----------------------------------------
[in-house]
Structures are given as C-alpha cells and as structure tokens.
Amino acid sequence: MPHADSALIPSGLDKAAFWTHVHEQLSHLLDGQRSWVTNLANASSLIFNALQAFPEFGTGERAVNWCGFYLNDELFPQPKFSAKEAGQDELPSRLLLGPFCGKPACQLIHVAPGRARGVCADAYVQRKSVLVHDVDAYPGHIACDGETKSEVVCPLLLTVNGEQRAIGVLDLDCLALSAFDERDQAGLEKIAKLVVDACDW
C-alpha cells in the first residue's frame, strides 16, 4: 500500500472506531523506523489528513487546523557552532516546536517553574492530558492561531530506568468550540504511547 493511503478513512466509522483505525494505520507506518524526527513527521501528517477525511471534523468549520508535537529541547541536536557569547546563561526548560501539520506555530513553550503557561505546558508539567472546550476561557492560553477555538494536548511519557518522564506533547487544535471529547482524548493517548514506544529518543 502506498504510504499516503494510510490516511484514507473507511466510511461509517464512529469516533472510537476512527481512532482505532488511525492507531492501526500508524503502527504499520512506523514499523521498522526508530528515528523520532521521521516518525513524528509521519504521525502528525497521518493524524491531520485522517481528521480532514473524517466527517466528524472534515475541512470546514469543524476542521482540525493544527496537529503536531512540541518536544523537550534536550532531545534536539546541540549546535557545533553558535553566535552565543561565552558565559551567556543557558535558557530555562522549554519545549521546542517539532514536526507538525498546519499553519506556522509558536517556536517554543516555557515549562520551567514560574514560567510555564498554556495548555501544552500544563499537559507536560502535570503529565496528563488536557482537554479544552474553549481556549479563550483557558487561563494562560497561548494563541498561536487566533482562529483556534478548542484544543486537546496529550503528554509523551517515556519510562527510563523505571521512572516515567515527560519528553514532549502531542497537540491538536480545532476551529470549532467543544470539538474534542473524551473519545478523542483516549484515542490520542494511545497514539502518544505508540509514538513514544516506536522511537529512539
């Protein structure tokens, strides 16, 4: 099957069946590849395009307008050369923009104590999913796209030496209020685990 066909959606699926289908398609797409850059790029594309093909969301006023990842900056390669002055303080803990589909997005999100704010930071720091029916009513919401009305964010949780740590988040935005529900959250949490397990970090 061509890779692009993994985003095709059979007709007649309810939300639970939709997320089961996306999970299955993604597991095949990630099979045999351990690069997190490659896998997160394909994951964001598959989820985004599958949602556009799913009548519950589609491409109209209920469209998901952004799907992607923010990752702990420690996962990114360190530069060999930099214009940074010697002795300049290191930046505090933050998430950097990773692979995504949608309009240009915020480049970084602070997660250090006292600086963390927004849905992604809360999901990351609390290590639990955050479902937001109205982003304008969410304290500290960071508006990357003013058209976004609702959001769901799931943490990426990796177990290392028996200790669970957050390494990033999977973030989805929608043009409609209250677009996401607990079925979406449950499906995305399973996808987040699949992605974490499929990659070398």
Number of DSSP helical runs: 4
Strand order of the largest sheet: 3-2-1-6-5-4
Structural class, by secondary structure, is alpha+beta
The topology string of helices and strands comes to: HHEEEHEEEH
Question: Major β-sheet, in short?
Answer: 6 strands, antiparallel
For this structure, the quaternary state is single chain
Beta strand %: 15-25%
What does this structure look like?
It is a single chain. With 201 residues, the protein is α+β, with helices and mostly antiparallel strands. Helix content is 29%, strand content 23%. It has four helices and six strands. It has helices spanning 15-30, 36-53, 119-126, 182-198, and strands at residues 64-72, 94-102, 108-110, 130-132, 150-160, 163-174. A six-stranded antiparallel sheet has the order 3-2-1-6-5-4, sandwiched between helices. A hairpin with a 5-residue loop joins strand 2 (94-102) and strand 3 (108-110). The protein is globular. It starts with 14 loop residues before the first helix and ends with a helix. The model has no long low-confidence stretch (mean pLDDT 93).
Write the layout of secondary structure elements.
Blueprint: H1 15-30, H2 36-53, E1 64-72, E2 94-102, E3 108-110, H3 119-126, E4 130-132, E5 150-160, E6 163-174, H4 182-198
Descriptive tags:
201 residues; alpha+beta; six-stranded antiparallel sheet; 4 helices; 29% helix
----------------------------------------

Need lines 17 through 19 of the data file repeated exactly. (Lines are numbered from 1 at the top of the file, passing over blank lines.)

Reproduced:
Blueprint: H1 15-30, H2 36-53, E1 64-72, E2 94-102, E3 108-110, H3 119-126, E4 130-132, E5 150-160, E6 163-174, H4 182-198
Descriptive tags:
201 residues; alpha+beta; six-stranded antiparallel sheet; 4 helices; 29% helix